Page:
“We have given the government an ultimatum on our before Friday if Rodney Sieh is not free, we’re going to mobilize the young people; we going to mobilize every Liberian in this country. We have already gotten the names of every officials of government, both former and current. We will issue citizen arrest on them. We will be prevailing on the government of Liberia to have them indicted or to have them prosecuted,” Patricks said.
Butty interview with Patricks
Butty interview with Patricksi
|| 0:00:00
...    
🔇
X

August 24 being Liberia’s Flag Day, Patricks said his group has called on Liberians to gather on Friday, dressed in the colors of their national flag.

“I can tell you August 24 is a big day in the history of this country, and we have instructed our people to buy their flag, to buy everything that has to do with red, white and blue to assemble in their numbers at the Centennial Pavilion where the August 24 program will be held. That would be the beginning of Rosa Parks of this country,” Patricks said.

Attempts to reach Justice Minister Christiana Tah and police commissioner Chris Massaquoi were not successful, but police sources said the police view the case as purely a legal matter.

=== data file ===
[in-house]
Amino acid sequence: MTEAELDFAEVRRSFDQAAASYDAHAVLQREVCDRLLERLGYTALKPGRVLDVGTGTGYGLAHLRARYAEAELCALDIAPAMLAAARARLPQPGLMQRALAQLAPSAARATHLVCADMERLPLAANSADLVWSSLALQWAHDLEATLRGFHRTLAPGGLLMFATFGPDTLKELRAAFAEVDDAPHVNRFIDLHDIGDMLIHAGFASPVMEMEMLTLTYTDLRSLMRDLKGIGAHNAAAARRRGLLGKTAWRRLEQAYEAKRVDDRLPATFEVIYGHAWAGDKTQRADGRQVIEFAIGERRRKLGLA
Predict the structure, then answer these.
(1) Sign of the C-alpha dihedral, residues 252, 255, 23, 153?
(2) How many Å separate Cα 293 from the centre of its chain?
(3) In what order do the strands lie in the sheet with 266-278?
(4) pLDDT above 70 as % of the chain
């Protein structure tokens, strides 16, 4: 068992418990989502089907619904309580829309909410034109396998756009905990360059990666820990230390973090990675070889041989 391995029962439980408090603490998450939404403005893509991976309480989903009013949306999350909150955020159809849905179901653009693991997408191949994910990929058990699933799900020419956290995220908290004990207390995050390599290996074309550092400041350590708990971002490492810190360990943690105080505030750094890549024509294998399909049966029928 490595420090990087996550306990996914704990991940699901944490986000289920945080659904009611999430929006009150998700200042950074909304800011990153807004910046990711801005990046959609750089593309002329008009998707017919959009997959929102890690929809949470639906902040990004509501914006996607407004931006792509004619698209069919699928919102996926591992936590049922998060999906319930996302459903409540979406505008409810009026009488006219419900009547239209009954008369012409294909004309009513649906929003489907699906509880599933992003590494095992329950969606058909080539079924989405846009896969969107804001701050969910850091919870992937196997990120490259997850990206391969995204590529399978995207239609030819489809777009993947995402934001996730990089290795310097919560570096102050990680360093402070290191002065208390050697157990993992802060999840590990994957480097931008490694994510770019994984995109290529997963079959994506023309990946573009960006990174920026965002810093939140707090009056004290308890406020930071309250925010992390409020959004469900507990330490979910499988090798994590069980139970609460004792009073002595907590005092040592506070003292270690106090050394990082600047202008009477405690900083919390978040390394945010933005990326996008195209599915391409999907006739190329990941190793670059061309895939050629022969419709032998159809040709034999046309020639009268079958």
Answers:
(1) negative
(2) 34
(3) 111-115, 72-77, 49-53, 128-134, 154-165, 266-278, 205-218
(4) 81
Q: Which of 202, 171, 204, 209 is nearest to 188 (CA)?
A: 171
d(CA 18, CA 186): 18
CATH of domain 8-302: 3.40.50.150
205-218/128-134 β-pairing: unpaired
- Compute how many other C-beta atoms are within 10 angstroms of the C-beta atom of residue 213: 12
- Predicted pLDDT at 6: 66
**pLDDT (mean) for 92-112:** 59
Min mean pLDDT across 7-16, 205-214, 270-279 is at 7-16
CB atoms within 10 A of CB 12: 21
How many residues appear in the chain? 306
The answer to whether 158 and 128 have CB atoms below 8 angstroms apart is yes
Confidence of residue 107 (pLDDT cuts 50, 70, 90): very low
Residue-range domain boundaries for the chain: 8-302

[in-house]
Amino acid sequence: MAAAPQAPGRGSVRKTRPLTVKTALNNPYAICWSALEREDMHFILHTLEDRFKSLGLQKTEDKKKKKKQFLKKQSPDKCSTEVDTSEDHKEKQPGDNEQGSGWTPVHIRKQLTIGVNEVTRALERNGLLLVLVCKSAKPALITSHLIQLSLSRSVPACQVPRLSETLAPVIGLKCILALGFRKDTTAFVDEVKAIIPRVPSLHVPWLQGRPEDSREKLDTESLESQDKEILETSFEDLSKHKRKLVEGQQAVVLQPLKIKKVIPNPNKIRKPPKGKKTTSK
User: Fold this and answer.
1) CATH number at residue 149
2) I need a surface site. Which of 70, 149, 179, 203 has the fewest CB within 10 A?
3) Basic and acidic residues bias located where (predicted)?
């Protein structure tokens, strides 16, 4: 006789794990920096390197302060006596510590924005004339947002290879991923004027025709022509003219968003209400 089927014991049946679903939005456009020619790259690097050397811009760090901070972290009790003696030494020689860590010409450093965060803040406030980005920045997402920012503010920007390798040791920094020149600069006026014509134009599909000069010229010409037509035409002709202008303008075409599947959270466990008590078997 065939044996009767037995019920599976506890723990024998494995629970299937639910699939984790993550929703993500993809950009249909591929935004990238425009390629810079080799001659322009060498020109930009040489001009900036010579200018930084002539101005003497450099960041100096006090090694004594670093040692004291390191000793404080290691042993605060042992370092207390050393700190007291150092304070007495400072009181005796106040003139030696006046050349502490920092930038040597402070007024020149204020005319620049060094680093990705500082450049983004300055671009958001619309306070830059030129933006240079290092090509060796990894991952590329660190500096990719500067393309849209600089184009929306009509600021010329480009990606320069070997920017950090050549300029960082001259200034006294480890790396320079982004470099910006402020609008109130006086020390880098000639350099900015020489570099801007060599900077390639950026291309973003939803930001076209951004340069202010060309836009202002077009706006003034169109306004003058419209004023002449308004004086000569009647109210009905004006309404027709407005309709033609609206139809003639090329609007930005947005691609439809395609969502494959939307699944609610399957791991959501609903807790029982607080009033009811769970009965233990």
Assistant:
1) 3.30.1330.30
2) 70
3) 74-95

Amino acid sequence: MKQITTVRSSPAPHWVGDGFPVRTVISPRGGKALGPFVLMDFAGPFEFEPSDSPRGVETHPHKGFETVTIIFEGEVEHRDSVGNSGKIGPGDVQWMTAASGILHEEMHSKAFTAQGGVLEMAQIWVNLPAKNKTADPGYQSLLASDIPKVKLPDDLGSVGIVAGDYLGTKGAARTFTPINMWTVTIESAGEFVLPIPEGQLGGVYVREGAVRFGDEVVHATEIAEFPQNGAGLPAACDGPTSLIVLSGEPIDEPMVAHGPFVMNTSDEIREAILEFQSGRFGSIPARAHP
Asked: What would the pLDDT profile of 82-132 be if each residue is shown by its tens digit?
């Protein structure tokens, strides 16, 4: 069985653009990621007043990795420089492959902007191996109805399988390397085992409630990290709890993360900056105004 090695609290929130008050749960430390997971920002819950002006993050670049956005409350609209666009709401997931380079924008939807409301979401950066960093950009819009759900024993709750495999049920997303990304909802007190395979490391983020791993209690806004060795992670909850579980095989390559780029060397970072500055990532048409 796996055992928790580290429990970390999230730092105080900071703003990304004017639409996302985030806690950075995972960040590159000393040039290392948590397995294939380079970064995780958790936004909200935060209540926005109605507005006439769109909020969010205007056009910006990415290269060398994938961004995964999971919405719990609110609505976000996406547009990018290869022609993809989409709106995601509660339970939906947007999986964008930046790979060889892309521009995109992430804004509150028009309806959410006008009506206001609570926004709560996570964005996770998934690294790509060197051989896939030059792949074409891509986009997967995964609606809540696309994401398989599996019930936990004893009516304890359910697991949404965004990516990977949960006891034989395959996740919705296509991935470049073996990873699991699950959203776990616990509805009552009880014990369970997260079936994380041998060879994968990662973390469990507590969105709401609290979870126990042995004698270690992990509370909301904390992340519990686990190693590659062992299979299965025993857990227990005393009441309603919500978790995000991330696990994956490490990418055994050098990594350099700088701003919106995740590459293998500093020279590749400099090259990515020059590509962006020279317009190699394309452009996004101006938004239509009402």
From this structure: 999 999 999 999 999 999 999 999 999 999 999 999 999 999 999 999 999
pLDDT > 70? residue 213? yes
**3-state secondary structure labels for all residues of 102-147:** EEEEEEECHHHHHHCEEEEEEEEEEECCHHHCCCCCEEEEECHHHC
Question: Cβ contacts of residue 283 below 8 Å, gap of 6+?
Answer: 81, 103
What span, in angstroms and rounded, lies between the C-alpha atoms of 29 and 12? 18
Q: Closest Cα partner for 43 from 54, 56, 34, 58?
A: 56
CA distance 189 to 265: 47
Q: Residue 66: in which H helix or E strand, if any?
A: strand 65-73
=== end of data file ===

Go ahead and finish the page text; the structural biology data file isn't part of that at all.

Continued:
Former Agriculture Minister J. Chris Toe told VOA the verdict sends a message that no newspaper or publication can tarnish a person’s reputation without sufficient evidence.

Toe said the $1.5 million judgment against FrontPage Africa cannot be compared to the damage the article has done to his reputation.

“That $1.5 million, if it is ever collected, is not going to repair the damage that they have done to me as a professional individual. So, frankly, in terms of the damage that has been done to me, I still feel it (the find) should have been more,” Toe said.

Asked whether he has authorized his lawyers to collect the $1.5 million judgment, Toe said the case is now a judicial matter and no longer in his hands.

“It is the mandate of the Supreme Court.  So, it is way beyond me.  Any attempt by me would be to subvert or to put a barrier in front of the Supreme Court that their ruling be enforced,” he said.

As things stand, it appears publisher Sieh will remain incarcerated until he pays the $1.5 million libel fine or unless President Ellen Johnson Sirleaf intervenes, as she has done in another court case involving publisher Sieh.